Spring is generally equated to calving time on most beef farms and ranches. While this is a time of hopeful anticipation, it can also be a time of distress if you are calving out many heifers.

In our February “Vets' Opinion” column in BEEF (page 22), Mike Apley and I outlined when to assist a heifer or cow at calving time. One technique extremely helpful to me in assisting delivery is to lay the cow down before delivery is attempted.

The first thing to do on every dystocia is to perform a through vaginal examination to determine if we can deliver the calf vaginally. If the calf is not in correct position for delivery, the malpresentation should be resolved while the cow is standing. If at this point you are unsure if the calf can be delivered or if any malpresentation cannot be resolved, your herd health veterinarian should be called for assistance.

For the majority of cases, however, the owner is quite capable of assisting in delivery. This is when we use a lariat or long rope and perform the “half-hitch” method — also known as the Utrecht method — to lay the cow down (see Figure 1).

The half-hitch method is best accomplished with two people, as it is safer when passing the rope beneath the cow. The maneuver can be done by just one person, however, by using a stick to retrieve the rope from under the cow.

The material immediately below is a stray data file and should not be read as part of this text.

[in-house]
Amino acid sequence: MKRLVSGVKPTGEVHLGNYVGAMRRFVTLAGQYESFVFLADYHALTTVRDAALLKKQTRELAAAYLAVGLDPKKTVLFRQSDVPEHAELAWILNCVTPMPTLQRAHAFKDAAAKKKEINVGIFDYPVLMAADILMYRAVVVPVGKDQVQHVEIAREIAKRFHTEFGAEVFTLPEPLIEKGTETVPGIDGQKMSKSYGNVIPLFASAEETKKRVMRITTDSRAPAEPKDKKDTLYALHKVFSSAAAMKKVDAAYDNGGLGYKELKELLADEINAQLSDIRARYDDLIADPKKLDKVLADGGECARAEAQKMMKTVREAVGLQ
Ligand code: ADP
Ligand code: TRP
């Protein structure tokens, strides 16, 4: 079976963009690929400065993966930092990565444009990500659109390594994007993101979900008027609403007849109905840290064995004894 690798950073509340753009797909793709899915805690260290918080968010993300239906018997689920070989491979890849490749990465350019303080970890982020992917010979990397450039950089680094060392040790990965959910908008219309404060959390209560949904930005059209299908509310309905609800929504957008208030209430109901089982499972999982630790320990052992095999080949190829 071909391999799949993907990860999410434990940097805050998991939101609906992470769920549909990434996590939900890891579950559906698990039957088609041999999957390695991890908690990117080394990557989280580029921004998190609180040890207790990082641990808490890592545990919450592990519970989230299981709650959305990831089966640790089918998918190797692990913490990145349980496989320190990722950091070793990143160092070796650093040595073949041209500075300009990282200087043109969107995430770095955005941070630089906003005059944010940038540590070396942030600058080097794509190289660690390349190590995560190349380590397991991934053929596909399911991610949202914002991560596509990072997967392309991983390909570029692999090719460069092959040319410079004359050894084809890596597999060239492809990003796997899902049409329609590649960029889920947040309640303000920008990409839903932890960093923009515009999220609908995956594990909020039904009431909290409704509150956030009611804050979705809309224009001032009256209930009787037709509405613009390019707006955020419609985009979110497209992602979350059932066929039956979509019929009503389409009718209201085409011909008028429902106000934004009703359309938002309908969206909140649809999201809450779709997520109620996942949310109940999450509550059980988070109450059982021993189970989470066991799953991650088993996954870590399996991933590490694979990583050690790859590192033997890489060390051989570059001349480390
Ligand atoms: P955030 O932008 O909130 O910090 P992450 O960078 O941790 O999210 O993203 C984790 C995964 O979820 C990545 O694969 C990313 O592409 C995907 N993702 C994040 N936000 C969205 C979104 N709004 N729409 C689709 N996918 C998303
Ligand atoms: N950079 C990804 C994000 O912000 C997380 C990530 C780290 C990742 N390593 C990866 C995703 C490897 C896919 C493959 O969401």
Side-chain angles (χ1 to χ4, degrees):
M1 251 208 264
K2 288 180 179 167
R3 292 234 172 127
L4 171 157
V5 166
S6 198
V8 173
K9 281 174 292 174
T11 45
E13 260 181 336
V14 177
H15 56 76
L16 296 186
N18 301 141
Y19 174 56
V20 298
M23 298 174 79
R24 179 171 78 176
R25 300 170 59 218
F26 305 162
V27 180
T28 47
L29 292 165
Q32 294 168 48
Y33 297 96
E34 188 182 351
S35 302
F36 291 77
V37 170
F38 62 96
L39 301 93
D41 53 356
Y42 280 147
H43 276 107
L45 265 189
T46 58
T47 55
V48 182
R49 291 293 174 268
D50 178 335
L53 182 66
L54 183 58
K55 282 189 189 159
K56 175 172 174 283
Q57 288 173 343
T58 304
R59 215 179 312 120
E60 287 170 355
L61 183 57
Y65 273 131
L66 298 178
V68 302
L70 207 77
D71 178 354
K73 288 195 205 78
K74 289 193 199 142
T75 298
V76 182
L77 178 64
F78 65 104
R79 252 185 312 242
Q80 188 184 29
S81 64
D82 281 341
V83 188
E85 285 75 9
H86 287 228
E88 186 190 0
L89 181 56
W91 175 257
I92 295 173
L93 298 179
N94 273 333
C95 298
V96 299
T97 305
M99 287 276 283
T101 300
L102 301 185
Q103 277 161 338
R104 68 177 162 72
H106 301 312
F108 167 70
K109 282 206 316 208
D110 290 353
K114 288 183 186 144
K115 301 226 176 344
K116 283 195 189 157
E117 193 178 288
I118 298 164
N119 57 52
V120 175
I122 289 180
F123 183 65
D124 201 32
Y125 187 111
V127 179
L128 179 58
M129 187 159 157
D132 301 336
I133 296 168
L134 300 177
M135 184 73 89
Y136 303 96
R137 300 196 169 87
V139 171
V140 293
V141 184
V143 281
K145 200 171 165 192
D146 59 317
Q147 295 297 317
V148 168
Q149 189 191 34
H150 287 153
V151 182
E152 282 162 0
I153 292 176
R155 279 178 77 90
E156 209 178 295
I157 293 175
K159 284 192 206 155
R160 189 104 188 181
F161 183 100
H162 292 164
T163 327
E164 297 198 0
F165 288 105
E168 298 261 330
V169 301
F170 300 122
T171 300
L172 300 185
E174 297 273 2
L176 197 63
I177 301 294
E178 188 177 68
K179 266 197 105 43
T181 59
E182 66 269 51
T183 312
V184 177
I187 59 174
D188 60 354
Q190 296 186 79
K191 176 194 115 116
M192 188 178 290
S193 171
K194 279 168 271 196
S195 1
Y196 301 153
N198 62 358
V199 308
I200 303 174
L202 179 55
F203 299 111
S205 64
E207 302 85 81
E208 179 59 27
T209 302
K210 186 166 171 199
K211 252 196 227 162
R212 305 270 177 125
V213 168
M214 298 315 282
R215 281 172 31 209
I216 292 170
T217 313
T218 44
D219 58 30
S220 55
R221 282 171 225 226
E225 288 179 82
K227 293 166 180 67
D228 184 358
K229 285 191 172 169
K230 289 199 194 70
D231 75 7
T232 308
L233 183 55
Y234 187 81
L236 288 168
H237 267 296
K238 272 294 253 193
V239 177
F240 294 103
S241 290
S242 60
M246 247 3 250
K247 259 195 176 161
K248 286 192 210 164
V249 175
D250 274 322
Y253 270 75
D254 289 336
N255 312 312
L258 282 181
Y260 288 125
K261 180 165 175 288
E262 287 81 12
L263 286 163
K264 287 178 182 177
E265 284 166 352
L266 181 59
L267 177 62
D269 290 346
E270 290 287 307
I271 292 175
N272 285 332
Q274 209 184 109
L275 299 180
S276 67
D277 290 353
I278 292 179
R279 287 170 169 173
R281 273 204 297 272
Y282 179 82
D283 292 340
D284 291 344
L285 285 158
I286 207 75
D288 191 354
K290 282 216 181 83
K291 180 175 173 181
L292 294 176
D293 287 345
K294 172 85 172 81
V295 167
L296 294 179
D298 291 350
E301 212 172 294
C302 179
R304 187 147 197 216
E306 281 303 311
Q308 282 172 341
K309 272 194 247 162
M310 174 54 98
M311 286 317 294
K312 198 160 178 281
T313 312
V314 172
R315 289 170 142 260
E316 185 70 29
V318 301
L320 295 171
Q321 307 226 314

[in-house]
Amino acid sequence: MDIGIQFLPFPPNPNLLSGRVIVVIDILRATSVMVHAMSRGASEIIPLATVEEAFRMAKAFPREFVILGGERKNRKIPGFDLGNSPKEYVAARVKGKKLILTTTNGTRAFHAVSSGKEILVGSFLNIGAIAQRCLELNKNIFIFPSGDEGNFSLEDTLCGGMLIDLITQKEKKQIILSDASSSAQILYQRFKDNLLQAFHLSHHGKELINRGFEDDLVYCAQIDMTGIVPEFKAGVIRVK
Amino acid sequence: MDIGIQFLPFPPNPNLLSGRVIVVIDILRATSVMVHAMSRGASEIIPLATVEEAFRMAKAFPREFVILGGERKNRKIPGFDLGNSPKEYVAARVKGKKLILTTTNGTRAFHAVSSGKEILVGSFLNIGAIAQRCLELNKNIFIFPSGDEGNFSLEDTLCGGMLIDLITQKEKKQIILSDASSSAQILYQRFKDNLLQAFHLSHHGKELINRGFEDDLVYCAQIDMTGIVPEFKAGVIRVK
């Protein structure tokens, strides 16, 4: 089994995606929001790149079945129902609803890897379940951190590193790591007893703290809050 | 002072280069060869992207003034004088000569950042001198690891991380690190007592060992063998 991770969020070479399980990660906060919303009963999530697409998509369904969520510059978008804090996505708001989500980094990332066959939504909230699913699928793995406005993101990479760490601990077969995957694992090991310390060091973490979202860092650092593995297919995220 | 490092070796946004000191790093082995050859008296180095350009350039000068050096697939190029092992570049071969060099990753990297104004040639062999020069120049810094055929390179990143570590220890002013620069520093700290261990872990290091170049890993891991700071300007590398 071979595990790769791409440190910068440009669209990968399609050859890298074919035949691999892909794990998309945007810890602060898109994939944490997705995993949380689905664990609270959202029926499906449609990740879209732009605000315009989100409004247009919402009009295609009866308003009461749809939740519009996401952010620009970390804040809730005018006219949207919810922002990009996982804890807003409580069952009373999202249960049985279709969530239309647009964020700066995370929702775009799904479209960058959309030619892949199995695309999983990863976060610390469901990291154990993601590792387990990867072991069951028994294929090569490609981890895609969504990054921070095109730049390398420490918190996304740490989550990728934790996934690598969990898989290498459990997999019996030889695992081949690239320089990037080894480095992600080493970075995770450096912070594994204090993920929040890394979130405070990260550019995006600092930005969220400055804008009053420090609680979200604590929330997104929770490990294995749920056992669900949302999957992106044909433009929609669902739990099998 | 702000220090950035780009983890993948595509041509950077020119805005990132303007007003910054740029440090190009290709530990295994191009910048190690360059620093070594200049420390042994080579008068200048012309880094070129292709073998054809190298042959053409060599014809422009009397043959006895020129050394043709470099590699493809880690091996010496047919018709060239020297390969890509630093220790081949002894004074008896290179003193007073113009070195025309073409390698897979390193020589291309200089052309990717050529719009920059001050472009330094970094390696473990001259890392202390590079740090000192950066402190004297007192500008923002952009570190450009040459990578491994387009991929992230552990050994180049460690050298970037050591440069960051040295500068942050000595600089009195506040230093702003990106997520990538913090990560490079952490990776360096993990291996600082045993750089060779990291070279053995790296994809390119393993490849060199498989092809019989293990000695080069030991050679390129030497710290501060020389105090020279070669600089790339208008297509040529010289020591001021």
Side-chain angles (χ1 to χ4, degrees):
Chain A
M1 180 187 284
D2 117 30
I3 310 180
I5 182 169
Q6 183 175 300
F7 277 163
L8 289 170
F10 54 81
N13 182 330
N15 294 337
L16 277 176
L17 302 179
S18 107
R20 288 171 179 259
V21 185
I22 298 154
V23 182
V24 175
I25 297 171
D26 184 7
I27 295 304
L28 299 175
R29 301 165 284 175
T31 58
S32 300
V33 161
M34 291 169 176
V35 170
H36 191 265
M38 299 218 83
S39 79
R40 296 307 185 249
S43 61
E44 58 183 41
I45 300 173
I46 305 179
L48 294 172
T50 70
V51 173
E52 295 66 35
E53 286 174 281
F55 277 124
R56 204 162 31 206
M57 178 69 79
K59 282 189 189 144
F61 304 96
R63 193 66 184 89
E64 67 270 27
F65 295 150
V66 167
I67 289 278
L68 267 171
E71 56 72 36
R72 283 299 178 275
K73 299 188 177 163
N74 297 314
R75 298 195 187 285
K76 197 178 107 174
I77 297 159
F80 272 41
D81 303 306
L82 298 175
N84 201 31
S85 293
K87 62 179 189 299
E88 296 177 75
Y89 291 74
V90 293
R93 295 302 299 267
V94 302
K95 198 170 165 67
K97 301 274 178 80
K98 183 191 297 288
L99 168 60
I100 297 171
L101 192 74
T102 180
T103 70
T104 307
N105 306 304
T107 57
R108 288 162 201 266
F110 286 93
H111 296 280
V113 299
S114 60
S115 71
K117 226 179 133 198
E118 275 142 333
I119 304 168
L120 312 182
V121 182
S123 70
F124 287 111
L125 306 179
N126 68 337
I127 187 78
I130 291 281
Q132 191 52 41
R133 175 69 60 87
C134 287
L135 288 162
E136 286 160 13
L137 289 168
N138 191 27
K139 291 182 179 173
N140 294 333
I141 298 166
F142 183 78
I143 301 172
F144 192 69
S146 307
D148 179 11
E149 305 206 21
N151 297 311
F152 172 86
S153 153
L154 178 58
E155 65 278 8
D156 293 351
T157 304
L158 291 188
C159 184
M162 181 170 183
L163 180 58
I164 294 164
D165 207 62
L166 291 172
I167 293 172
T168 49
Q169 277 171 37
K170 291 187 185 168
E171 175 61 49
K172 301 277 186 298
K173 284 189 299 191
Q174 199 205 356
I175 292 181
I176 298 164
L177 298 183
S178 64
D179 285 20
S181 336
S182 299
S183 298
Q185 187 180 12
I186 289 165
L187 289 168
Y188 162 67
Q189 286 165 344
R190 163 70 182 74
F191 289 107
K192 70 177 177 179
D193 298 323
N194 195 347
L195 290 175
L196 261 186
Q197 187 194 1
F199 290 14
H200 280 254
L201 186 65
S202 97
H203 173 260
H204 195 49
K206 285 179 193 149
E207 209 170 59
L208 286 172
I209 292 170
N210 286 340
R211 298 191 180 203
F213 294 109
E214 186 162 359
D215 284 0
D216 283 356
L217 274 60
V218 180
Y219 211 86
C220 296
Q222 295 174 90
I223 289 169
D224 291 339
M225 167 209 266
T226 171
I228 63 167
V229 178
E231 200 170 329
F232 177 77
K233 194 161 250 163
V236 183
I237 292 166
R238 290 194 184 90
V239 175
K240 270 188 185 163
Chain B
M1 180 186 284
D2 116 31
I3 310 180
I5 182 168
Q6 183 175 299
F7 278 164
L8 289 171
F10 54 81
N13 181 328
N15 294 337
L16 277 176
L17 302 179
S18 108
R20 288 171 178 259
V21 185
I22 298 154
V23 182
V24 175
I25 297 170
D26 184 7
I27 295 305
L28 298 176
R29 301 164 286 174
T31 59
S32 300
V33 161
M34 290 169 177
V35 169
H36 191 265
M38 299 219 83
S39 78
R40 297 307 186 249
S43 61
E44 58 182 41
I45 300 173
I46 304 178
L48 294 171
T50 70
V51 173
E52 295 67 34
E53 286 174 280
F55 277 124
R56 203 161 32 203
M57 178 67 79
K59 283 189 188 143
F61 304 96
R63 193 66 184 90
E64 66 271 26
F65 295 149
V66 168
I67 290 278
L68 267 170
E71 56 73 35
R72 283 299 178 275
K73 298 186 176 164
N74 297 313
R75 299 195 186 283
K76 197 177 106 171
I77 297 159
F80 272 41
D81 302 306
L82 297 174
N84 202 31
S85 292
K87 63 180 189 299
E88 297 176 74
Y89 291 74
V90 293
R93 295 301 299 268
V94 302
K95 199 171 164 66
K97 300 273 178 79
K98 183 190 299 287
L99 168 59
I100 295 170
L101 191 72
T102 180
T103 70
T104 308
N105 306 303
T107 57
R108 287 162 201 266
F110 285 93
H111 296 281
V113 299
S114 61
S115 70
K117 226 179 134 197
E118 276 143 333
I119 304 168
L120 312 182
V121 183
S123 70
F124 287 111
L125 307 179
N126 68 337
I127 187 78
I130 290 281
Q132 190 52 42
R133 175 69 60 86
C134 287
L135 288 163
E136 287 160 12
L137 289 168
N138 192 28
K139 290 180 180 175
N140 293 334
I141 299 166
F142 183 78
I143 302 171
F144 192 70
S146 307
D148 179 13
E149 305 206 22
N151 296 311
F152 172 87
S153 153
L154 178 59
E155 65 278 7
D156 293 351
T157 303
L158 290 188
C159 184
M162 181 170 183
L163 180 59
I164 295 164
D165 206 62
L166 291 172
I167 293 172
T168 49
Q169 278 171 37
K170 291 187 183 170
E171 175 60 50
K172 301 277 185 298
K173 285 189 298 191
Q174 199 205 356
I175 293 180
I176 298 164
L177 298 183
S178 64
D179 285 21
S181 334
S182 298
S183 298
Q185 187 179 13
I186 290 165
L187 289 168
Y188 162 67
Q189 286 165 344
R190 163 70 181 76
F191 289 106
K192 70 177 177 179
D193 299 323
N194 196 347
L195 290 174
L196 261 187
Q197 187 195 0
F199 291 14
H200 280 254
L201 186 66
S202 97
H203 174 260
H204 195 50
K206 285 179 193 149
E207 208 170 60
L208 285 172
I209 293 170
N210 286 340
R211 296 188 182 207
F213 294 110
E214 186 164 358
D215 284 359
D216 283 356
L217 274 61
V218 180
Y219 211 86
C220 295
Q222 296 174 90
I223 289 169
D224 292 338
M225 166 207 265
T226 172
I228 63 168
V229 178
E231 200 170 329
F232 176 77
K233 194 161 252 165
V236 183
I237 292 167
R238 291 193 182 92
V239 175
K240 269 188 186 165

To start the procedure, tie the haltered cow low in a safe calving area. A chute where both sides and the headgate open fully is ideal. Place a loop around the cow's neck and take the end over her shoulders.

Continue with the end and place it behind her front legs. As the rope comes up toward her shoulders, make a half-hitch with the rope that is at the top of her shoulder. Now, take the end down her back to the area of her hook bones.

Take the end of the rope and pass it under her abdomen just in front of her back legs and udder (at the level of flank). Bring the rope up and make another half-hitch on top of her back. Pull with slow, steady pressure on the rope and pull slightly to the right so she gently falls on her right side.

This technique is quite easy and works nearly every time.

So, why go to all this work (it generally takes about three to four minutes)?

  • The cow is now in her natural position for delivery.

  • The cow pushes much harder so you don't have to pull so hard.

  • The pelvis is able to tilt slightly to “open up” and aid in delivery.

  • The cow can't fall down and break your jack or jump to the side and rip your finger open on the jack (not that these have ever happened to me).

When I switched to this method after hearing a talk by Robert Mortimer, DVM, from Colorado State University, my clients were uniformly pleased with the improvement in dystocia cases.

It allows me much more control over the situation, and the stress level for all involved is greatly reduced. I can pull on one leg at a time to aid in delivery, and I found out that going much slower was also better for all involved.

If you've never tried this method, try it next time you have a dystocia.

W. Mark Hilton, DVM is a clinical assistant professor in beef production medicine at Purdue University's School of Veterinary Medicine in West Lafayette, IN.